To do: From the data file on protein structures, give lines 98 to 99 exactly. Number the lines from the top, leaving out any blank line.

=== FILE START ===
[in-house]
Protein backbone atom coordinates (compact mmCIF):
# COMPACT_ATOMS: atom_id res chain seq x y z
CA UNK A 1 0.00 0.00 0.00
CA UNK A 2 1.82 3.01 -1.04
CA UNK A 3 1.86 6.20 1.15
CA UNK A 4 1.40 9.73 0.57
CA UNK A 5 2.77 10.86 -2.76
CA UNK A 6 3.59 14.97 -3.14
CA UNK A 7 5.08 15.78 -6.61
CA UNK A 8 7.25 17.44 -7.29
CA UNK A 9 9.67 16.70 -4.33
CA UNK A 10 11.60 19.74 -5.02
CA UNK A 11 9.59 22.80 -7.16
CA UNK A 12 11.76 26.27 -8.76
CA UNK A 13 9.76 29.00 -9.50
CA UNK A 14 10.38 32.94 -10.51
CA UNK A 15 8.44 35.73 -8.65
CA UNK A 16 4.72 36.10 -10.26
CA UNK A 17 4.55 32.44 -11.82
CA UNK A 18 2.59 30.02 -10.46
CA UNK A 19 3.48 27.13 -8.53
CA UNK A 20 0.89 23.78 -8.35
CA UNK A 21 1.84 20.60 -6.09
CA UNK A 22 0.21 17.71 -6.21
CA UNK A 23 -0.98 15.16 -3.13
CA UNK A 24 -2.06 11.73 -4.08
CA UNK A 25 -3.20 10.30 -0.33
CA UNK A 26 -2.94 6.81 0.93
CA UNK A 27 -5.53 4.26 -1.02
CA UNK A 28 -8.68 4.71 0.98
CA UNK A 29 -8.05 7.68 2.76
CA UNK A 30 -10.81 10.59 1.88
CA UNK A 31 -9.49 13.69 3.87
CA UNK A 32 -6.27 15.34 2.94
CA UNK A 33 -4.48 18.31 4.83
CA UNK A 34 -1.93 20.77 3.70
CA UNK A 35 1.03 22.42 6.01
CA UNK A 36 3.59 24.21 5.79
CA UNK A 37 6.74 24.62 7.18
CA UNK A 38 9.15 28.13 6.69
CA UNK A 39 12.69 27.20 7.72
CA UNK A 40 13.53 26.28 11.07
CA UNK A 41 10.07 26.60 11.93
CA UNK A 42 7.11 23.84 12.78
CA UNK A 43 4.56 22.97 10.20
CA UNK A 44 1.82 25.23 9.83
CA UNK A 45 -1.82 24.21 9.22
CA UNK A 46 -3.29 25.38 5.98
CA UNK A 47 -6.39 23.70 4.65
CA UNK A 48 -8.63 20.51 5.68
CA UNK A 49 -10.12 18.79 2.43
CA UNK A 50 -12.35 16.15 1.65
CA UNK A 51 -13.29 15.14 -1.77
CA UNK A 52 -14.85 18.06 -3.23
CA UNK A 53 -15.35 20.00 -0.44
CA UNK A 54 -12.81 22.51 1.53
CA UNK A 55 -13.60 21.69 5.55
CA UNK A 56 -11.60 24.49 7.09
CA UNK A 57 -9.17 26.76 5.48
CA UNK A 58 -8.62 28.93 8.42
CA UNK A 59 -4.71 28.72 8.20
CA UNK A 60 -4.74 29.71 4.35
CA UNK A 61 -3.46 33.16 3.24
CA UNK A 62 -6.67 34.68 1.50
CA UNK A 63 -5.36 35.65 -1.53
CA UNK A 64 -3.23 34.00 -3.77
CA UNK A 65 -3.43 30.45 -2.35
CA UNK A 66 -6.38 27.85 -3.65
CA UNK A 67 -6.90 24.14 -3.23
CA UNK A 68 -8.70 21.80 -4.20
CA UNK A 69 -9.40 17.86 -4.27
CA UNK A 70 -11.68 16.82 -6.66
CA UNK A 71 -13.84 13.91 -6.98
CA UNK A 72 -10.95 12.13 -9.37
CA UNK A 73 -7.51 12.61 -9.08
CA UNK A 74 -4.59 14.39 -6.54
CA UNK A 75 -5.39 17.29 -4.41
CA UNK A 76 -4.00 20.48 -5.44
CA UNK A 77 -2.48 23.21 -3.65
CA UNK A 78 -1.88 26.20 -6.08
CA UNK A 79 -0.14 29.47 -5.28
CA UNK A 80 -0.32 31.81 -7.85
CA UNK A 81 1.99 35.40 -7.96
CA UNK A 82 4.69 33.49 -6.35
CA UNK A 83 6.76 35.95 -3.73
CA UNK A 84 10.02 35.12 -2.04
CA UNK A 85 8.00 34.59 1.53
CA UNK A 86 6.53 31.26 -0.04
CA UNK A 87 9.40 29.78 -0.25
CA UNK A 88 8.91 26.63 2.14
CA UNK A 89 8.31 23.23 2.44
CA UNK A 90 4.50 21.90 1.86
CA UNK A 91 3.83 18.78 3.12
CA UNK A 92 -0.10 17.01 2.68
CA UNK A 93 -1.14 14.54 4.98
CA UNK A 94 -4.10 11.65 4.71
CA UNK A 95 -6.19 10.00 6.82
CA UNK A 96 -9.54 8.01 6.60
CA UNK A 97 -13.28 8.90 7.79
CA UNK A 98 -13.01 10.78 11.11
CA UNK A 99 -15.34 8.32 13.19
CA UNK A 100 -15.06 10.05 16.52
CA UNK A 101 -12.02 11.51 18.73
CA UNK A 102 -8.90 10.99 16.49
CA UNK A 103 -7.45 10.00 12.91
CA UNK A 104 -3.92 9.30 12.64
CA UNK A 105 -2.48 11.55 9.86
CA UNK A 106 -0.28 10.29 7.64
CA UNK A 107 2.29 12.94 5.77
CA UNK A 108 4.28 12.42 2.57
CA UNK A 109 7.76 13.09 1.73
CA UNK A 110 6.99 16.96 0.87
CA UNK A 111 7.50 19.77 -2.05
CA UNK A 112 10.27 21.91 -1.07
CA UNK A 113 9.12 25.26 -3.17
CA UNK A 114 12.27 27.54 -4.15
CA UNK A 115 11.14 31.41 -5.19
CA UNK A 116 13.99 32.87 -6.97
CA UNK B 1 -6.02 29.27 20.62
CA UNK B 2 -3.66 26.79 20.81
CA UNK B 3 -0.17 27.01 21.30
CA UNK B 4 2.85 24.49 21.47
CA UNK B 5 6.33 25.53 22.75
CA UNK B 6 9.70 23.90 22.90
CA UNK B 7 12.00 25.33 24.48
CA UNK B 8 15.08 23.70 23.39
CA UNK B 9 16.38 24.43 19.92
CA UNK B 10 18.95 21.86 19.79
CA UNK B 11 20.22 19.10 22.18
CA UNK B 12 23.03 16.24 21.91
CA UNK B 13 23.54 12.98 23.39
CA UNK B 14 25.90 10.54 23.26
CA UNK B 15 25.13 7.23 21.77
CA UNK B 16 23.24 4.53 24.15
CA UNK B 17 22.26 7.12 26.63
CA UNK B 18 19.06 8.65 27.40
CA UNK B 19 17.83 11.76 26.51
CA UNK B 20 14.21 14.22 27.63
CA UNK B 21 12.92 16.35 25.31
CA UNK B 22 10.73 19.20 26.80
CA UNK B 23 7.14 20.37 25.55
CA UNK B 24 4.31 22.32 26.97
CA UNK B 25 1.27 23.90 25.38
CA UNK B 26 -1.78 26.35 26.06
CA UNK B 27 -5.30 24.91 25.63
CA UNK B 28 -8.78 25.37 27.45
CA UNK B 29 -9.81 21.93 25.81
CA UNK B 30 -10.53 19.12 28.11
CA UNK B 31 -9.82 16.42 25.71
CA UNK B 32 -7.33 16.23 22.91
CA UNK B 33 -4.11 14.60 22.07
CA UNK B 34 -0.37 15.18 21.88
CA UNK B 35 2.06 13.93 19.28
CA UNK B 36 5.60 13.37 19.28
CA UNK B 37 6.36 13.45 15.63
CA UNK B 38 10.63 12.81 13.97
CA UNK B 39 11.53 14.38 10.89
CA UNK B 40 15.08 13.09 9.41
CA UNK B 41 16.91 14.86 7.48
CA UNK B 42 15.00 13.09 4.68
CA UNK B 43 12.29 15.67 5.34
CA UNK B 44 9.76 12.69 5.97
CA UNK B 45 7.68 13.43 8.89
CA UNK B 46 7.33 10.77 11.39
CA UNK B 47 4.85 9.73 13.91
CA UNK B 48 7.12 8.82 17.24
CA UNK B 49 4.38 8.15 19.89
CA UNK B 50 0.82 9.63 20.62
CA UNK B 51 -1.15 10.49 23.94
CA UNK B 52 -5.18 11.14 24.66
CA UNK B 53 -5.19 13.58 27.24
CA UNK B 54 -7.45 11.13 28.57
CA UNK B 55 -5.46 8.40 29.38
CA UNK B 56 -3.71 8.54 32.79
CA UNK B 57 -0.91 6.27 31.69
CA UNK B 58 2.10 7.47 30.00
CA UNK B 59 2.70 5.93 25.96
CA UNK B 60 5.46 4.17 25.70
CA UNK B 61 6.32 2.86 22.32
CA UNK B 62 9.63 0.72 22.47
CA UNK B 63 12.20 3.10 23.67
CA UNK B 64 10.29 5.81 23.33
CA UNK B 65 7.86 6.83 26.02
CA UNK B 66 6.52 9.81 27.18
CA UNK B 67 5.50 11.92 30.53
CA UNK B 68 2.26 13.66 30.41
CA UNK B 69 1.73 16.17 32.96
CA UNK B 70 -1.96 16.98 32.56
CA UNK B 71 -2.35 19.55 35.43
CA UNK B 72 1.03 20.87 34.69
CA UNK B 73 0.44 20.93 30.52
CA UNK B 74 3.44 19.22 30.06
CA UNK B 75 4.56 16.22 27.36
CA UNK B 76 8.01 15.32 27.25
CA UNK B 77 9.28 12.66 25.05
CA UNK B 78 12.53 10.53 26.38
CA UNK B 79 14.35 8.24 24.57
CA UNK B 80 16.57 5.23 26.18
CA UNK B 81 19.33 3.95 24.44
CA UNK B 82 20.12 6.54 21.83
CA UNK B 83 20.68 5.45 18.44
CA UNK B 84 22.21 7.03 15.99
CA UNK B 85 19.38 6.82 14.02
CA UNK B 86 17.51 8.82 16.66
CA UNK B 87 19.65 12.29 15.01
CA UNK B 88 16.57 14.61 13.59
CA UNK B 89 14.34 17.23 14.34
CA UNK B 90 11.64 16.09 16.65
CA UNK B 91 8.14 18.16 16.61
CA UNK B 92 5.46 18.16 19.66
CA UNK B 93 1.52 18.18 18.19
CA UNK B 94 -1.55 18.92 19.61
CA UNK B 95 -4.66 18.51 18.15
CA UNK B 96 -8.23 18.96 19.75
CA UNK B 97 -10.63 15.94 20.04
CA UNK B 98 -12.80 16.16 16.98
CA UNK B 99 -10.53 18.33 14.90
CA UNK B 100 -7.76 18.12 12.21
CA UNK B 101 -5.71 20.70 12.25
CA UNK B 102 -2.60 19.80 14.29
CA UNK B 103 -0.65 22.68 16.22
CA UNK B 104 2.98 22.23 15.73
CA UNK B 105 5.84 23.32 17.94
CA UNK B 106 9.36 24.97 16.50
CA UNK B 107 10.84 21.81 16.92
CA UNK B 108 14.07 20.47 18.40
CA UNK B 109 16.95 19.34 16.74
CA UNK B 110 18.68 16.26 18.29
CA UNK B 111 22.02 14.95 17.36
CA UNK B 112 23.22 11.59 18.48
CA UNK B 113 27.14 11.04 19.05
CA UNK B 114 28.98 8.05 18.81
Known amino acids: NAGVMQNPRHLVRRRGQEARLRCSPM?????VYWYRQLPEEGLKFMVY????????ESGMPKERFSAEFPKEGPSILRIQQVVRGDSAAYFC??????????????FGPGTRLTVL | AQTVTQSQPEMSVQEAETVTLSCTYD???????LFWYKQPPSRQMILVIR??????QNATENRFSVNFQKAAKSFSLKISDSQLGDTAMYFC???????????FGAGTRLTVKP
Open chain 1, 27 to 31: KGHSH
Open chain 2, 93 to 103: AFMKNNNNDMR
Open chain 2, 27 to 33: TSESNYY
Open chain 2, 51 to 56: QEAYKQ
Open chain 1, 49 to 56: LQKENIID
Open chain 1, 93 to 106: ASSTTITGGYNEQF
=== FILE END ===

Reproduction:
CA UNK A 95 -6.19 10.00 6.82
CA UNK A 96 -9.54 8.01 6.60